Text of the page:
Tuesday, February 07, 2006

just so you know,

"I'm not a girl."

I'm still struggling with how to correct people's erroneous assumptions about my gender. I want to be firm, but polite- to calmly and kindly point out that they've made an error in assessment, but one that's easily fixed. I don't want to be a jerk about it, but I don't want to let it go. The trouble for me seems to be overcoming my (mild, but definitive) panic and defensiveness when such mistakes occur.

Today when my student worker asked me if Simon's Rock was "a girl's college" I was taken aback, and replied with something else that we were talking about- soccer, I think- before I worked up my nerve and returned back to it with "And I'm not a girl, actually, notwithstanding any evidence to the contrary. I go by 'he'." and waited just long enough for a glimmer of understanding in her eye before carrying on about soccer. I didn't have the guts to get into it more, and I don't always feel that I should have to get into it. Right? Shouldn't I be able to just say "Nope, I'm a boy" and move on?

But I wonder if it's somewhat irresponsible of me to just toss off a statement like that, to someone who may have no experience with trans identity at all. It could leave her floundering or confused or at a loss, and I don't want to do that. The snappish retort to that from the weary/nervous parts of me is that it's not my dog (a la Mistress Matisse http://mistressmatisse.blogspot.com/2004/10/word-whores-now-and-then-ill-coin.html). But really, isn't part of my stated mission in life to use my experience to raise visibility for gender variance?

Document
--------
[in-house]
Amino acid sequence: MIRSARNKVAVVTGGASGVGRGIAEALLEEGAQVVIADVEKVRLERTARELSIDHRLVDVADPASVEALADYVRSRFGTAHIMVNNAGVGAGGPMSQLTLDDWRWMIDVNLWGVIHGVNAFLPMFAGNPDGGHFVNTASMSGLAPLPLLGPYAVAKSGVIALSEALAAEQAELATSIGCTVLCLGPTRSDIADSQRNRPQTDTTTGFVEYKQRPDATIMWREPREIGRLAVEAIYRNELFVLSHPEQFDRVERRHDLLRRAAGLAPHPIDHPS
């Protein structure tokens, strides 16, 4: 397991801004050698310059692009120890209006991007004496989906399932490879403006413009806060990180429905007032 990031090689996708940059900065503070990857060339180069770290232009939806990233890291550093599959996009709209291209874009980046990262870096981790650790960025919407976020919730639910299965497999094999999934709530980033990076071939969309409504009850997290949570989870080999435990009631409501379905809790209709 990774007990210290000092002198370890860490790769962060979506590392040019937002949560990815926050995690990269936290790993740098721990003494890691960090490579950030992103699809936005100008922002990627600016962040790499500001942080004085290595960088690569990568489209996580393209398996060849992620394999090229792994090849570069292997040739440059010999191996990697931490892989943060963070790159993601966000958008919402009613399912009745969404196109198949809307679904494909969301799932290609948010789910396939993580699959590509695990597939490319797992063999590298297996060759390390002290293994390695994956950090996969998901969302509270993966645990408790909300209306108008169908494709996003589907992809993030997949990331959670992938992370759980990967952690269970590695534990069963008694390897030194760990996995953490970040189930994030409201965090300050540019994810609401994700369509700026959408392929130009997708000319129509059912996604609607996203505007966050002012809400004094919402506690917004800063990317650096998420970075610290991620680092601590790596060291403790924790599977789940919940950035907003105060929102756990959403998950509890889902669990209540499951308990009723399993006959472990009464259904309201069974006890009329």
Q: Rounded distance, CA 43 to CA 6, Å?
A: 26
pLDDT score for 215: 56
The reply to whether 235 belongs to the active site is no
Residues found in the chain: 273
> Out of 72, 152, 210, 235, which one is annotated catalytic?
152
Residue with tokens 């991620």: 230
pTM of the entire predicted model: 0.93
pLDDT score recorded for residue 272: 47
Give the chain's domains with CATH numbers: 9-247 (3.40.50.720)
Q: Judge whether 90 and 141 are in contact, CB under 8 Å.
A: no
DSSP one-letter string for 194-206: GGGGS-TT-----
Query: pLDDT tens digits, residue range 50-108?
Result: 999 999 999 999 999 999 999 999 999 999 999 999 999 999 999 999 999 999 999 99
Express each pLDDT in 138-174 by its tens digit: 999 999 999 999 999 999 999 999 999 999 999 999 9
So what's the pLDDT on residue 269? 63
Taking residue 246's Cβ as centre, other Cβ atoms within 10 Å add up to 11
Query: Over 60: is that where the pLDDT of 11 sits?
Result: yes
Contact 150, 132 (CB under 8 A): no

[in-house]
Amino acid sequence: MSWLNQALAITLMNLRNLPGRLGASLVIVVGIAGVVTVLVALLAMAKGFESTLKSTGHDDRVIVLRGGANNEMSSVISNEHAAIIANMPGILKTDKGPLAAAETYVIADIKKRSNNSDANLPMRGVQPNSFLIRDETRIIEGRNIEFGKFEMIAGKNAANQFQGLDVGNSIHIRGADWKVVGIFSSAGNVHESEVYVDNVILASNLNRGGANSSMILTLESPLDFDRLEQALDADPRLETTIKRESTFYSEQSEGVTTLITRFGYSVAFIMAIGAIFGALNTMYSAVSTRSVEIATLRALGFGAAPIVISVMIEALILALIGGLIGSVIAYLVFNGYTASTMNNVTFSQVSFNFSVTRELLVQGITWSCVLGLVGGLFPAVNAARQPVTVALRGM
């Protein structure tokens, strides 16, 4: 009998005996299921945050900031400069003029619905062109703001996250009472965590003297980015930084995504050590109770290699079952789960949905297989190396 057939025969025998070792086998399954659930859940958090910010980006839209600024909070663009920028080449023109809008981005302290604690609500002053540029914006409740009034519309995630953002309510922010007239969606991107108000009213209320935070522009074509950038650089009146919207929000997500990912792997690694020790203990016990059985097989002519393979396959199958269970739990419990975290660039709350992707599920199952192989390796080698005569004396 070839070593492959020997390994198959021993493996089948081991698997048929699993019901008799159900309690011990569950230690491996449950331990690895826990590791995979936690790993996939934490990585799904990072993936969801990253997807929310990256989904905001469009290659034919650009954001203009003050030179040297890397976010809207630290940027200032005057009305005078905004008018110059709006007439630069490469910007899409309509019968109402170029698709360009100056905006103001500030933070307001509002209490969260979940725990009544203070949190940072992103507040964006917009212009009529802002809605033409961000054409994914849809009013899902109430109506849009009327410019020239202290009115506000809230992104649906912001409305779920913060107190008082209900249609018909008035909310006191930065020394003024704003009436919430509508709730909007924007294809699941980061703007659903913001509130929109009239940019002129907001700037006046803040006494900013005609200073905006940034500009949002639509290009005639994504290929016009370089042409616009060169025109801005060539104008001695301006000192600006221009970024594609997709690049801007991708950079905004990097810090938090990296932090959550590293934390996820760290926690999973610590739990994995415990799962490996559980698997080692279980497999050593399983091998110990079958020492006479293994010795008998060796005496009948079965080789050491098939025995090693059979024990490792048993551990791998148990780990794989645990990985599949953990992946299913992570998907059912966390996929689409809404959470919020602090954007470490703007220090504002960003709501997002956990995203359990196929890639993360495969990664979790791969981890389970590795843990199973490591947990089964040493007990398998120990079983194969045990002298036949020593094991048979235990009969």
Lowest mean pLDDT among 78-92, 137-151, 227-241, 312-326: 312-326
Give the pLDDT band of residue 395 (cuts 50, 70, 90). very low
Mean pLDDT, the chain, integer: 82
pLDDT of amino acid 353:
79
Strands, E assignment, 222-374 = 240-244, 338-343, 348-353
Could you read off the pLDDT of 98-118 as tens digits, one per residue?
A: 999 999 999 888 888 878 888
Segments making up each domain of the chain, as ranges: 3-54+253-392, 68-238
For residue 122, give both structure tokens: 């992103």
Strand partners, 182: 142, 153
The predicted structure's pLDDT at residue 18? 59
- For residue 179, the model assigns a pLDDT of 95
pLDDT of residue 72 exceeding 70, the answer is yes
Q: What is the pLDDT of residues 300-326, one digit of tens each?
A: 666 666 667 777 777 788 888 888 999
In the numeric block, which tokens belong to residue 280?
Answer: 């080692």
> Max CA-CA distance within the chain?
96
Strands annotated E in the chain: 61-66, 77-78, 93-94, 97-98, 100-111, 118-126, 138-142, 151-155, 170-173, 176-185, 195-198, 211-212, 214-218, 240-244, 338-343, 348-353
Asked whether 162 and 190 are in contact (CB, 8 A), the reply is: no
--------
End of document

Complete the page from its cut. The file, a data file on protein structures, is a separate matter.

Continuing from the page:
Such a fine balance between consciousness raising as responsibility or burden.

And I'm determined to stand my ground and say that they are, indeed, mistakes, though really these people are just operating under all of the data they have available to them and drawing a not entirely unreasonable conclusion. I guess that's another one of the missions of the gender revolution: to add data such as "It's entirely possible that masculine presenting individuals with archetypically female secondary sex characteristics do not identify as girls" etc.

1 comment:

Anonymous said...

fascinating. do you still feel the same way?